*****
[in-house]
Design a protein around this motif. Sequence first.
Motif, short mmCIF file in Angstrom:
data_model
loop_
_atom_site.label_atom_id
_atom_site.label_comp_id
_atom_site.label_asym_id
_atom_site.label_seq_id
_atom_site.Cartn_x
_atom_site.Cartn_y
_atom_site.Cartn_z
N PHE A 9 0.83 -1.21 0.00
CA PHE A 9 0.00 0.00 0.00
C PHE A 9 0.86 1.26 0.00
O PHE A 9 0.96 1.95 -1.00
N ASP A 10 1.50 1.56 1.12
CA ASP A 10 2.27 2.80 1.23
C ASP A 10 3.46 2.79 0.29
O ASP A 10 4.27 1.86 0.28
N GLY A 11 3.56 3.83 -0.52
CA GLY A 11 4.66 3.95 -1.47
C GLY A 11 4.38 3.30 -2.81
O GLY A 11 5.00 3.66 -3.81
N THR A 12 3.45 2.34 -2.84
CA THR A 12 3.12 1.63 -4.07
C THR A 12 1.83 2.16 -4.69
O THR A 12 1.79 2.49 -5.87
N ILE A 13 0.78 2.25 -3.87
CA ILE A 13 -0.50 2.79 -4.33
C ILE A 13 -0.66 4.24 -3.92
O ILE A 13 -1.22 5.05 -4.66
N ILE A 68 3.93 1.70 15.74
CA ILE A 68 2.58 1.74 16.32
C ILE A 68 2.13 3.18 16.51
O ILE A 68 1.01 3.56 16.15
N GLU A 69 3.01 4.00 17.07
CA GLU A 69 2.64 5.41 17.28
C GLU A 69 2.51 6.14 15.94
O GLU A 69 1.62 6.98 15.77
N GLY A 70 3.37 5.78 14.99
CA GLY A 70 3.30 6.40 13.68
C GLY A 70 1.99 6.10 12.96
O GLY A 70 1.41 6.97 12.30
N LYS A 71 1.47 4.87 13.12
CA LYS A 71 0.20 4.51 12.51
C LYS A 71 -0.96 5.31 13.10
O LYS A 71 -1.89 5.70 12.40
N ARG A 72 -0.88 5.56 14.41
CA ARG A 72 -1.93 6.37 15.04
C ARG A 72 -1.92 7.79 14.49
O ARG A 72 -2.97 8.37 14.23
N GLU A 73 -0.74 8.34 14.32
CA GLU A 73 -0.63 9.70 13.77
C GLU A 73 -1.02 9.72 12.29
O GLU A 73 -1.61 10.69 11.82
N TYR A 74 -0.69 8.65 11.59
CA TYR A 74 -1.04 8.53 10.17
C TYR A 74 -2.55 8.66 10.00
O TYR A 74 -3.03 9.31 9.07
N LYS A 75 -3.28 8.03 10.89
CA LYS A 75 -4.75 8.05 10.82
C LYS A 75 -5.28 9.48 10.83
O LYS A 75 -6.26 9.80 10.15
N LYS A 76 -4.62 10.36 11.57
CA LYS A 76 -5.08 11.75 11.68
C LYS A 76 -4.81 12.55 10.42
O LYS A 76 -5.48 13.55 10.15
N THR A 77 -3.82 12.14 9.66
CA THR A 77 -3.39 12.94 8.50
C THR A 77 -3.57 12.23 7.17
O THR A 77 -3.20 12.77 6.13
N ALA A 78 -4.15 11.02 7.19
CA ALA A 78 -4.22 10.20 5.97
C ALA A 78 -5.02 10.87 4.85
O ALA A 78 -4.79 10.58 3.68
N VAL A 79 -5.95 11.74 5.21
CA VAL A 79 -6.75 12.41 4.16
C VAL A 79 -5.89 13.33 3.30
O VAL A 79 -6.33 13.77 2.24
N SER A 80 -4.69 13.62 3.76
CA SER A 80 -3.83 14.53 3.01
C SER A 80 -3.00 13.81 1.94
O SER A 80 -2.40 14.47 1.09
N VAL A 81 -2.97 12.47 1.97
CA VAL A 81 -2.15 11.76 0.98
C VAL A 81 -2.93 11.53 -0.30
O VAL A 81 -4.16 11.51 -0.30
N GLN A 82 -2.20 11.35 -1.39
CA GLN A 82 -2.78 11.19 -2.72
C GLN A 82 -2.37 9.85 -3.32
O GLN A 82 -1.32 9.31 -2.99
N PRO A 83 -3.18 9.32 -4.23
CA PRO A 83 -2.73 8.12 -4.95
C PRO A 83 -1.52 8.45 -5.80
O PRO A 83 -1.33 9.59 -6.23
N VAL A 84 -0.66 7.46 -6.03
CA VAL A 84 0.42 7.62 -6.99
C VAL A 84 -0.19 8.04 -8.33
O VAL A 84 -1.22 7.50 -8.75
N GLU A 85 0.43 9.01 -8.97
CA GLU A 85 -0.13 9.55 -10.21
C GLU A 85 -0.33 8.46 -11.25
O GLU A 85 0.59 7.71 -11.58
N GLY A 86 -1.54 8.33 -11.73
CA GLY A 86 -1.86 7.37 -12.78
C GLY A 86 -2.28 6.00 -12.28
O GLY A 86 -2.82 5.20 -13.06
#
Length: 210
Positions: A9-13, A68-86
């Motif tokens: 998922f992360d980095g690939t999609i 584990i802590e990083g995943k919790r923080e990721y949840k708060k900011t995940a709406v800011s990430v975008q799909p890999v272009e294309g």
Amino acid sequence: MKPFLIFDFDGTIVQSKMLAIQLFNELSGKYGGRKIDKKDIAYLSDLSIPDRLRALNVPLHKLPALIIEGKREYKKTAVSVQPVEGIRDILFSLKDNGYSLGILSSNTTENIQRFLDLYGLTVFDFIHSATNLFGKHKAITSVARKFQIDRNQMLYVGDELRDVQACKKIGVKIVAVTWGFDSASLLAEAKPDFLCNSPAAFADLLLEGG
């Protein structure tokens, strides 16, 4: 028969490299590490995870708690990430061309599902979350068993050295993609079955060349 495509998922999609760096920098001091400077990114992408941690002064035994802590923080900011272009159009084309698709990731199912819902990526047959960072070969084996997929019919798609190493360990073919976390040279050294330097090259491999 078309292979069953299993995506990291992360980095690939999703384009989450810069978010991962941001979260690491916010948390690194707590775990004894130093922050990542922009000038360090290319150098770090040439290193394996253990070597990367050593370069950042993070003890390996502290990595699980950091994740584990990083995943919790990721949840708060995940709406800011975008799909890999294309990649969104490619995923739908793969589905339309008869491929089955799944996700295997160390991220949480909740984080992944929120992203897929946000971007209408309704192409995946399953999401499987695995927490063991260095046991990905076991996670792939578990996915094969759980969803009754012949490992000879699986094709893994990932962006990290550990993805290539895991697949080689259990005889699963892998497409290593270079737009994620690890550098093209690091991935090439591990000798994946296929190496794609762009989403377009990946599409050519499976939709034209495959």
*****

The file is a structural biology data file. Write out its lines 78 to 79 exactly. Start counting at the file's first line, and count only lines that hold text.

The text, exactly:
CA VAL A 79 -6.75 12.41 4.16
C VAL A 79 -5.89 13.33 3.30